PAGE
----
Chemical Interactions between Potassium, Sulfur, Chlorine, and Carbon Monoxide in Air and Oxy-fuel Atmospheres
Artikel i vetenskaplig tidskrift, 2020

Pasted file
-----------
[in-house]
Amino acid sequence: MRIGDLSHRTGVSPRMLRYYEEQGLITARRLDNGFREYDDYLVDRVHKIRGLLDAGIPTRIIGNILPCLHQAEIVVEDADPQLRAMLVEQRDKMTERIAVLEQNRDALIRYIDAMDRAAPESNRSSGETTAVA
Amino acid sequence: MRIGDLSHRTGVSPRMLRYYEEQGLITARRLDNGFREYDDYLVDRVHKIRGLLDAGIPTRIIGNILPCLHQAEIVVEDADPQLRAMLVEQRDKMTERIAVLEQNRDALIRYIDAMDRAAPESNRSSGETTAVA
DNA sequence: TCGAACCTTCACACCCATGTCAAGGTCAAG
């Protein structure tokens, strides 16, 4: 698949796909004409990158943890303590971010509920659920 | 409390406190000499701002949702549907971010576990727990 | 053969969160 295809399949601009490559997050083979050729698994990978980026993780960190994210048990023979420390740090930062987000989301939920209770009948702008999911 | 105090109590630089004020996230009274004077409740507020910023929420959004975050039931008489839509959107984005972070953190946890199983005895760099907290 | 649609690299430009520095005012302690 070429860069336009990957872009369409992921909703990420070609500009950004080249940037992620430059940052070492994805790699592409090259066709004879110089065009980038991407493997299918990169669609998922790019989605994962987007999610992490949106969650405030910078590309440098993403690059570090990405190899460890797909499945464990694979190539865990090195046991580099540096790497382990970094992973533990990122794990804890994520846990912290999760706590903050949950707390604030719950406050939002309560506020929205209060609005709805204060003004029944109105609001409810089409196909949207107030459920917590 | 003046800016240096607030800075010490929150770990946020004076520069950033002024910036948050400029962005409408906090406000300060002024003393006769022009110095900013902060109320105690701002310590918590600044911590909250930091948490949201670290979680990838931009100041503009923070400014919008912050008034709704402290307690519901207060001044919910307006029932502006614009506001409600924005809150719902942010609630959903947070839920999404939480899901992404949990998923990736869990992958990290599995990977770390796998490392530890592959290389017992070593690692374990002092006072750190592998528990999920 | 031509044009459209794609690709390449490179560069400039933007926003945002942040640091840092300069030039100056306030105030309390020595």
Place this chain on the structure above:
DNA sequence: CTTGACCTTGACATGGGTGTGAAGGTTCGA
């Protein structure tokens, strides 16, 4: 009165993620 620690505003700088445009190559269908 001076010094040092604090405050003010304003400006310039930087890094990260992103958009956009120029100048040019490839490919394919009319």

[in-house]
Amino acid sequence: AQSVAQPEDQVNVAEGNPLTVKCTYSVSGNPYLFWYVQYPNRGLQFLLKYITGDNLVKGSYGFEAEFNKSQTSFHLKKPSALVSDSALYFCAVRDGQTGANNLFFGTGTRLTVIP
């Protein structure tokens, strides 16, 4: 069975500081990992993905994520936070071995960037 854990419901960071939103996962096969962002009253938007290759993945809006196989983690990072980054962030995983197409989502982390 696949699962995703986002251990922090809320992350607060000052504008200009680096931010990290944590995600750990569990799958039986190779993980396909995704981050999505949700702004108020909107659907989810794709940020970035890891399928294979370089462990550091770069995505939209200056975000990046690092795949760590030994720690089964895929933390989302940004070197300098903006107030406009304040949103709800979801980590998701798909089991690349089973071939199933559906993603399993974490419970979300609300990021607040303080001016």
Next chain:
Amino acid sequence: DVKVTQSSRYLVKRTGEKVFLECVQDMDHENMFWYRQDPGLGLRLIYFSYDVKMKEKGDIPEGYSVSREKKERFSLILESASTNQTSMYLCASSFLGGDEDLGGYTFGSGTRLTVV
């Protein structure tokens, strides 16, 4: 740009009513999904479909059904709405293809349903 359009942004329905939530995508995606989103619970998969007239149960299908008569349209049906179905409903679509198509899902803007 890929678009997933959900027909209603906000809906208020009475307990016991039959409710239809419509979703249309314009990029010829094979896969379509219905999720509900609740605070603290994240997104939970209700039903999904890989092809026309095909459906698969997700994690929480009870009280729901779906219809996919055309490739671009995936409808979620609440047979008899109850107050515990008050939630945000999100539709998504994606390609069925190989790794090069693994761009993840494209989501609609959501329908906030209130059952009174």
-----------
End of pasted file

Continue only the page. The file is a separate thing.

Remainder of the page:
This paper presents experimental and modeling work on the interaction between the K, Cl, and S components, and these chemical interactions are studied in both air-fuel and oxy-fuel atmospheres. Detailed kinetic modeling is conducted to examine the potassium chloride sulfation and its interaction with CO oxidation in both nitrogen- and carbon-dioxide-based atmospheres. The oxidation of CO enhances the kinetics of alkali sulfation for typical post-flame conditions, below 1000 °C, in both atmospheres. For higher temperatures, sulfation kinetics are promoted even further in CO2-rich atmospheres. Oxy-fuel atmospheres, i.e., CO2-rich atmospheres, also promote increased levels of CO in technical-scale flames. Therefore, in practical systems, enhanced sulfation kinetics will automatically be promoted by flue gas recirculation. Also, the availability of sulfur, in the form of an increased SO2 concentration, often enables complete sulfation of alkali in oxy-fuel atmospheres as a result of the flue gas recirculation. The availability of SO3 may increase in oxy-fuel compared to air-fuel atmospheres as a result of either elevated SO2 levels or different sulfation reaction patterns, as discussed in the modeling of this work. However, SO3 has no significant impact on the overall sulfation rates in oxy- compared to air-fired systems.